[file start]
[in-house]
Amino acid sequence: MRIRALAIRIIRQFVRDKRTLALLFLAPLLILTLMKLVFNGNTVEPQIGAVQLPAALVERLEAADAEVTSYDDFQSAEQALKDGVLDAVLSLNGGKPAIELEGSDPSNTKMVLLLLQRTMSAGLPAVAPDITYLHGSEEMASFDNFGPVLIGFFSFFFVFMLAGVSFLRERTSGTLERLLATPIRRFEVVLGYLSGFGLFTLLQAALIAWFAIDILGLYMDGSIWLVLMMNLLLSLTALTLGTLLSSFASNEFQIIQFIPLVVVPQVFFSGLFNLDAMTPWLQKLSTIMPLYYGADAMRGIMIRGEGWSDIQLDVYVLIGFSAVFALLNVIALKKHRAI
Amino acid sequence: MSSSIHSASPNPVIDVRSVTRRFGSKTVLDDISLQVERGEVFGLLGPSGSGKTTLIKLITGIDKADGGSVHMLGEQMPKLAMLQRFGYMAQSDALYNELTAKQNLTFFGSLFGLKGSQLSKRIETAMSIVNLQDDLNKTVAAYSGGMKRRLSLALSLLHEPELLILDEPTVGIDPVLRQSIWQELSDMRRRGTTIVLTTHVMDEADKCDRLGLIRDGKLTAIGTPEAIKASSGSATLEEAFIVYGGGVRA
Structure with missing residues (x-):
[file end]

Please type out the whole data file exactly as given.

[in-house]
Amino acid sequence: MRIRALAIRIIRQFVRDKRTLALLFLAPLLILTLMKLVFNGNTVEPQIGAVQLPAALVERLEAADAEVTSYDDFQSAEQALKDGVLDAVLSLNGGKPAIELEGSDPSNTKMVLLLLQRTMSAGLPAVAPDITYLHGSEEMASFDNFGPVLIGFFSFFFVFMLAGVSFLRERTSGTLERLLATPIRRFEVVLGYLSGFGLFTLLQAALIAWFAIDILGLYMDGSIWLVLMMNLLLSLTALTLGTLLSSFASNEFQIIQFIPLVVVPQVFFSGLFNLDAMTPWLQKLSTIMPLYYGADAMRGIMIRGEGWSDIQLDVYVLIGFSAVFALLNVIALKKHRAI
Amino acid sequence: MSSSIHSASPNPVIDVRSVTRRFGSKTVLDDISLQVERGEVFGLLGPSGSGKTTLIKLITGIDKADGGSVHMLGEQMPKLAMLQRFGYMAQSDALYNELTAKQNLTFFGSLFGLKGSQLSKRIETAMSIVNLQDDLNKTVAAYSGGMKRRLSLALSLLHEPELLILDEPTVGIDPVLRQSIWQELSDMRRRGTTIVLTTHVMDEADKCDRLGLIRDGKLTAIGTPEAIKASSGSATLEEAFIVYGGGVRA
Structure with missing residues (x-):